Blackstone Group agreed to pay a $10 million fine and reimburse investors in two of its private equity funds to the tune of $29 million this week suggesting fund fees continue to be a problem in both Canada and the U.S.
“As the beneficiary of the accelerated monitoring fees, Blackstone violated its fiduciary duty by failing to properly disclose the fees,” said Julie M. Riewe, Co-Chief of the SEC Enforcement Division’s Asset Management Unit. “Blackstone further breached its fiduciary duty by choosing to negotiate a legal fee arrangement with greater benefits for itself than the funds it advised, without properly disclosing the arrangement.”
What exactly did Blackstone do that got them in hot water? In a nutshell they were charging monitoring fees to companies they’d invested in without actually providing any services. While it’s a nice gig if you can get it, it certainly isn’t amusing to the SEC.
Fortune magazine’s Dan Primack does a great job explaining in plain English the mechanics behind the Blackstone fee bonanza.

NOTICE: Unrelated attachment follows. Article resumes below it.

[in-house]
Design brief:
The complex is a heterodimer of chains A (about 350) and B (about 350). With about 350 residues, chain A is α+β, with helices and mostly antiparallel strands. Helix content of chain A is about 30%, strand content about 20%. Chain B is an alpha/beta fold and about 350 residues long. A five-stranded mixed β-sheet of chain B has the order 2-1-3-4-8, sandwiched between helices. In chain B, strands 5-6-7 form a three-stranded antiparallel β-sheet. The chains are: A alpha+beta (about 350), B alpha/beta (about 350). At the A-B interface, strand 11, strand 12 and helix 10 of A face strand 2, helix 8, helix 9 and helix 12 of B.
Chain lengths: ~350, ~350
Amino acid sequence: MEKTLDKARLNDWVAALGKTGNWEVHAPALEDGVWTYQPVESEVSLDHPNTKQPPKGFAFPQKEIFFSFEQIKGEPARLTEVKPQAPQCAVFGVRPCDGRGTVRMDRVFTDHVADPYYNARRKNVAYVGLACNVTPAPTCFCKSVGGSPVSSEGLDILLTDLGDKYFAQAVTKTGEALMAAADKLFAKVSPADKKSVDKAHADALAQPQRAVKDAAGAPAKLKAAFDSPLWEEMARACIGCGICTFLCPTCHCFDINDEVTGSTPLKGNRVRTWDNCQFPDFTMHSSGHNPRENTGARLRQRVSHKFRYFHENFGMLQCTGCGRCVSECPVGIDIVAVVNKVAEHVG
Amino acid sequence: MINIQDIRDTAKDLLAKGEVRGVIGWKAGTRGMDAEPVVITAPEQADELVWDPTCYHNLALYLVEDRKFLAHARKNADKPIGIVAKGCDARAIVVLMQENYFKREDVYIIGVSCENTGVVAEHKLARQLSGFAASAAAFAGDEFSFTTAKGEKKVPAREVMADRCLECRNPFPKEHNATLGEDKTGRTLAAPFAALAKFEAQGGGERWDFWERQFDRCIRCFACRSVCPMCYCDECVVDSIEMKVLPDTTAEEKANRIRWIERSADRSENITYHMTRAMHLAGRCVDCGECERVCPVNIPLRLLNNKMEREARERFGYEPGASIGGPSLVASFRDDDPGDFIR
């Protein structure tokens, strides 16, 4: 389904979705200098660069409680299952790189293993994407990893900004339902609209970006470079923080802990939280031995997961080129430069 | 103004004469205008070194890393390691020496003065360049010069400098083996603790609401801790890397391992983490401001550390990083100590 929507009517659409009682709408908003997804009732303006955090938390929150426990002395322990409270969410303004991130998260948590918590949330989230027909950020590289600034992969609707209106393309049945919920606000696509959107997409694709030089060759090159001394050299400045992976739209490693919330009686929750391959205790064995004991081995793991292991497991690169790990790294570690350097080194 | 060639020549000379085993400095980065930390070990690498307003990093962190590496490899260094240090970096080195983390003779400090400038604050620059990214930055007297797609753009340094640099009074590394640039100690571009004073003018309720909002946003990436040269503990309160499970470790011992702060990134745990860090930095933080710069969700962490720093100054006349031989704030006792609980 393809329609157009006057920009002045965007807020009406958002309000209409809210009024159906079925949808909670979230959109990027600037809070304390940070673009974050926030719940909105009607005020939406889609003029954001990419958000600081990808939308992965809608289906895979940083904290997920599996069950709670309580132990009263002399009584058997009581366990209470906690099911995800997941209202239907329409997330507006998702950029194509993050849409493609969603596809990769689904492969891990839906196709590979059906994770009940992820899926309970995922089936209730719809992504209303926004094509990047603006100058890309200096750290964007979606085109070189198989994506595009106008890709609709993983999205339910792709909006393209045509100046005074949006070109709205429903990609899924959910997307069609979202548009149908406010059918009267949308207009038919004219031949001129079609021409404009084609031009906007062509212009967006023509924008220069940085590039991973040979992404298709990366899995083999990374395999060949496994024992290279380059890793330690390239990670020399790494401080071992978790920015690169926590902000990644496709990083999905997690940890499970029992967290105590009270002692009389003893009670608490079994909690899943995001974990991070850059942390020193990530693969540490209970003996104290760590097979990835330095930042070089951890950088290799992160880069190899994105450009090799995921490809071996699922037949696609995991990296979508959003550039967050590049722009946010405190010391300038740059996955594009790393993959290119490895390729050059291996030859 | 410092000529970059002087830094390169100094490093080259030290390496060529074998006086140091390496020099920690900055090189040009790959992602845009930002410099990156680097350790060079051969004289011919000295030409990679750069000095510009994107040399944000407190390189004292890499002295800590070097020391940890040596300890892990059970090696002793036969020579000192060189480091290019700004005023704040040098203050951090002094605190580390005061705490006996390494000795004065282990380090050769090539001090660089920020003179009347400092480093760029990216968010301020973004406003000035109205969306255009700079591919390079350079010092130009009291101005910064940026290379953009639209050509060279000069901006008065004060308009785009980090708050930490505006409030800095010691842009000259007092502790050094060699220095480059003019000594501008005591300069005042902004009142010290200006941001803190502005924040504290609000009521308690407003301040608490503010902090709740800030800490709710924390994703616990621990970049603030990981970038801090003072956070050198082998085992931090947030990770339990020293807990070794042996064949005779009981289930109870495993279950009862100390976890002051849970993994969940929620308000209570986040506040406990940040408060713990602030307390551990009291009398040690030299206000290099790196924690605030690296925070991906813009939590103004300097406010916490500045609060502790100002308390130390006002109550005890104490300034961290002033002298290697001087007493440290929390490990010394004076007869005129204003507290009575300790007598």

“What it basically means is that, after buying a company, Blackstone would set an annual fee that the company would pay for various (often undefined and unverified) services. For example, $5 million per year for 10 years,” wrote Primack in his October 7 column. “The kicker is that if Blackstone exits the company prior to the 10 years being up — either via a sale or IPO — it gets the extra years in a lump sum payment.”
Caught with its hand in the cookie jar, Blackstone will end acceleration clauses and for existing investments it will return those fees to existing limited partners.
“Full transparency of fees and conflicts of interest is critical in the private equity industry and we will continue taking action against advisers that do not adequately disclose their fees and expenses, as Blackstone did here,” said Andrew J. Ceresney, Director of the SEC’s Division of Enforcement in its press release.